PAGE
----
Lucius Gellius

Lucius Gellius[1] (c. 136 BC[2] – c. 54 BC) was a Roman politician and general who was one of two Consuls of the Republic in 72 BC along with Gnaeus Cornelius Lentulus Clodianus. A supporter of Pompey, he is noted for being one of the consular generals who led Roman legions against the slave armies of Spartacus in the Third Servile War.

Early Career and the Third Servile WarEdit

The first member of the Gellii to achieve the consulate, at an early age Lucius was attached to Gaius Papirius Carbo as his contubernalis.[3] He began his climb up the cursus honorum with his election as quaestor around 102 BC followed by aedile around 96 BC.[4] This was followed by his election as Praetor Peregrinus in 94 BC,[2] after which he was posted as propraetor to the province of Asia in the following year.[5]

In 89 BC, Gellius was a senior legate under Pompeius Strabo, beginning a long association with that family that would continue with Strabo's son, Pompeius Magnus[6] So much so that when he achieved the consulate in 72 BC, he was noted as a Pompeian consul[7] and pushed through a bill to validate grants of citizenship by Pompey in Hispania. He and his colleague also ensured that no Roman citizen in the provinces could be tried in absentia on a capital charge – an attempt to restrict the ravages of Gaius Verres in Sicily.[8]

However, the major event of his consulship was the revolt of Spartacus and the eruption of the Third Servile War. Having won a number of victories against ill-prepared Roman forces, the Senate now recognised Spartacus as a serious threat and sent both the consuls to confront the slave armies at the head of four legions.[9] Initially successful, Gellius defeated Crixus and 30,000 rebel slaves at Mount Garganus near Apulia, then moved northwards behind Spartacus's forces which were moving north. With Clodianus barring Spartacus in the north, they hoped to catch the rebels between the two armies. Spartacus' slave army destroyed Clodianus' legions, and then turned and defeated the oncoming legions of Gellius.[10] Gathering their shattered forces, both consuls gave chase but were once again defeated at a battle near Picenum.[11]

Humiliated by these defeats, shortly afterward, in early autumn, Gellius and Clodianus were withdrawn as commanders by the Roman senate, and command of the war given to Marcus Licinius Crassus.[12] This setback to Gellius's career was only temporary; with the support of Pompey, both Gellius and Clodianus were appointed censor in 70 BC.[13] They began a systematic purge of the senate, removing some sixty-four senators, among them a number of individuals connected to the trial of Oppianicus, as well as some important individuals such as Gaius Antonius Hybrida and Publius Cornelius Lentulus Sura.[14] They identified 910,000 citizens and possibly named Mamercus Aemilius Lepidus Livianus as Princeps Senatus.[15]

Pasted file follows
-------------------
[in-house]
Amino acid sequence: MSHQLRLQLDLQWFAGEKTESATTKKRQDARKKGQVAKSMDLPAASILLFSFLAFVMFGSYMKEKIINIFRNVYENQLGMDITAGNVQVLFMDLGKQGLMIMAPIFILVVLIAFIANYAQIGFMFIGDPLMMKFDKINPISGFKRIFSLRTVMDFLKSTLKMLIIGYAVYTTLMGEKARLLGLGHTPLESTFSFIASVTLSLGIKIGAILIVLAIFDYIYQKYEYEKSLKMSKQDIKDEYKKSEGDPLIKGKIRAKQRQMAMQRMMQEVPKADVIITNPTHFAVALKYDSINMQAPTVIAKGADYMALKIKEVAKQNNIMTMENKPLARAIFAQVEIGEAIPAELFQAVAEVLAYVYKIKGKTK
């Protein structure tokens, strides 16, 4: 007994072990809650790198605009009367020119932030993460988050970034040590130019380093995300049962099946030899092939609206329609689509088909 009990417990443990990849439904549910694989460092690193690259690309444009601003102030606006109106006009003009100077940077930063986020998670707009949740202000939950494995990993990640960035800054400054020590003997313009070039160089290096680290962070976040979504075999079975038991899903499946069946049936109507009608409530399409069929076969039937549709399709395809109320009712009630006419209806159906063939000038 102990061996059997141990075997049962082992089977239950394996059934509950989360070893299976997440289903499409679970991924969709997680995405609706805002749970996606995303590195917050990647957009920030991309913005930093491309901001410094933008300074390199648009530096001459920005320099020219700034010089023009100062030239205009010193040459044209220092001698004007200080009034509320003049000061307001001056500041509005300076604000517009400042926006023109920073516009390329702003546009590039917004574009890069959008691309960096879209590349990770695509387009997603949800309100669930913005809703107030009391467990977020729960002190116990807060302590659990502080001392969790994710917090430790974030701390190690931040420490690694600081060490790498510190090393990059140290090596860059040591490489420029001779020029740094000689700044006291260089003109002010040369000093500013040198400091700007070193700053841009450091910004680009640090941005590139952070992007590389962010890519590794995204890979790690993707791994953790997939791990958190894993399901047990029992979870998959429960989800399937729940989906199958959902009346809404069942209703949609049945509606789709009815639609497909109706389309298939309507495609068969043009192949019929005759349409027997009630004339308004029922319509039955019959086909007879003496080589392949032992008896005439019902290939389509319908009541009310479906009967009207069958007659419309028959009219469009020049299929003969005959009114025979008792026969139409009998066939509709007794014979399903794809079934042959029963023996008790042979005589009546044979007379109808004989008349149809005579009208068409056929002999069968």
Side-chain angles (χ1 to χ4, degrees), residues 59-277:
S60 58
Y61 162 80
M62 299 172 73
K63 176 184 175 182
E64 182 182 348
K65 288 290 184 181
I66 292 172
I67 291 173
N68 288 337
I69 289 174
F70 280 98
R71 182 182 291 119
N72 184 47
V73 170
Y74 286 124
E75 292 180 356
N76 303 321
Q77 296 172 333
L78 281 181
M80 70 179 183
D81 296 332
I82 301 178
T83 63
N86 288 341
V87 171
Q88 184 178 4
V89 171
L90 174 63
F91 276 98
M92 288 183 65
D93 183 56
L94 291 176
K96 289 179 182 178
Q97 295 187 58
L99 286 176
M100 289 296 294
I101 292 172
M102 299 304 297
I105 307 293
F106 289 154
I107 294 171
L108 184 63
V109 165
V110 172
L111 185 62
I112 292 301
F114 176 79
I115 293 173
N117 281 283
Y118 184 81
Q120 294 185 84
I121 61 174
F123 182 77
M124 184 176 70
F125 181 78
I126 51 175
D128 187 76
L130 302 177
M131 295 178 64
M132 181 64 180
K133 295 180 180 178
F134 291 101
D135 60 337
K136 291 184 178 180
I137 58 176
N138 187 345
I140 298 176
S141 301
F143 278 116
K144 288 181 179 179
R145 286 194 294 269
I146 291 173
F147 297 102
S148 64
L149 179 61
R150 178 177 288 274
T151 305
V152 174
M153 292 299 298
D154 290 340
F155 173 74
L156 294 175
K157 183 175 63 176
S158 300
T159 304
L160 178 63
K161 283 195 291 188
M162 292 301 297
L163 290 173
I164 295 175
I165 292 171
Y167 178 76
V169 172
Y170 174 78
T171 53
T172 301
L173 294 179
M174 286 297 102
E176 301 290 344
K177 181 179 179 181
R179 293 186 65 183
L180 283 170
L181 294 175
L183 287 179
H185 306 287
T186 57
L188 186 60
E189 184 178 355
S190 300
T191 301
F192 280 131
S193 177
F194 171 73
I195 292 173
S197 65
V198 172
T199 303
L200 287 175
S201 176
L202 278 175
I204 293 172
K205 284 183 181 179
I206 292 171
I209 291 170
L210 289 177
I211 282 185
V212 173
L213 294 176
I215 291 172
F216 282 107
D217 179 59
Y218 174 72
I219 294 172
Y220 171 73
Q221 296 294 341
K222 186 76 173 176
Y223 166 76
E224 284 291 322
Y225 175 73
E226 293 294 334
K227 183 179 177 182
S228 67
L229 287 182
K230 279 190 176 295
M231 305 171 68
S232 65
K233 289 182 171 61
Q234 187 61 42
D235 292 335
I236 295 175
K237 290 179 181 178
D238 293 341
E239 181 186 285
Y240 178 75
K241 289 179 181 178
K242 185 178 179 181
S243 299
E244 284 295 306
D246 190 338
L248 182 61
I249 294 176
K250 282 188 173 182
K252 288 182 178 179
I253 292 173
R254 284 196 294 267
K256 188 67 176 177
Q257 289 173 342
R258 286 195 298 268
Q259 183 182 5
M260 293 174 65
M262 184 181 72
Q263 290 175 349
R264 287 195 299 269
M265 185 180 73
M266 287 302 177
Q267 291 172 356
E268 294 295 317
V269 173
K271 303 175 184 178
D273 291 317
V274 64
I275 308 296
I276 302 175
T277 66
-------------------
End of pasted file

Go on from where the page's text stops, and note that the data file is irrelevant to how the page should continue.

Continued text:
Later careerEdit

By 67 BC, Gellius was serving as a legate with praetorian imperium under Pompey, who had received an extraordinary command to rid the Mediterranean Sea of pirates. Gellius was given charge of the Italian coast off Tuscany.[16] Although Pompey soon headed to the East, Gellius retained command of the fleet near Italy until 63 BC.[17]

Returning to Rome, he gave his support to Cicero, who had swiftly dealt with the Catiline conspiracy, to the point where Gellius declared in the Senate that Cicero deserved the Civic Crown for his services to the state.[18] He continued to give support to the party which soon became known as the Optimates, in 59 BC speaking in opposition of Julius Caesar’s agrarian law, while in 57 BC he spoke in support of Cicero's return from exile.[19]

Gellius was still alive in 55 BC when Cicero delivered his speech against Lucius Calpurnius Piso, but died soon afterwards.[20] His adopted son was Lucius Gellius Publicola, consul in 36 BC.

See alsoEdit

ReferencesEdit

  1. ^ The cognomen Publicola, given by some sources, belongs only to his adopted son, the consul of 36 BC. Ernst Badian, "The Clever and the Wise: Two Roman cognomina in context", Bulletin of the Institute of Classical Studies, supplement 51 (1988), pp. 6–12, doi:10.1111/j.2041-5370.1988.tb02004.x, JSTOR 43768532; entry in Oxford Classical Dictionary
  2. ^ a b Oxford Classical Dictionary, "Gellius, Lucius"
  3. ^ Anthon & Smith, pg. 724
  4. ^ Broughton, pg. 9
  5. ^ Broughton, pg. 14
  6. ^ Broughton, pg. 35
  7. ^ Syme, pg. 66
  8. ^ Broughton, pg. 115
  9. ^ Holmes, pgs. 157-158
  10. ^ Holmes, pg. 158
  11. ^ Holmes, pgs. 386-387; Broughton, pg. 115
  12. ^ Holmes, pg. 159; Broughton, pg. 115
  13. ^ Anthon & Smith, pg. 724
  14. ^ Broughton, pg. 125; Syme, pg. 66
  15. ^ Broughton, pg. 125
  16. ^ Broughton, pg. 147; Anthon & Smith, pg. 724
  17. ^ Broughton, pg. 169
  18. ^ Anthon & Smith, pg. 724; Holmes, pg. 282
  19. ^ Anthon & Smith, pg. 724
  20. ^ Anthon & Smith, pg. 724

SourcesEdit

  • T. Robert S. Broughton, The Magistrates of the Roman Republic, Vol II (1952).
  • Holmes, T. Rice, The Roman Republic and the Founder of the Empire, Vol. I (1923)
  • Syme, Ronald, The Roman Revolution, Clarendon Press, Oxford, 1939.
  • Anthon, Charles & Smith, William, A New Classical Dictionary of Greek and Roman Biography, Mythology and Geography (1860).
Political offices
Preceded by Consul of Rome
72 BC
With: Gn. Cornelius Lentulus Clodianus
Succeeded by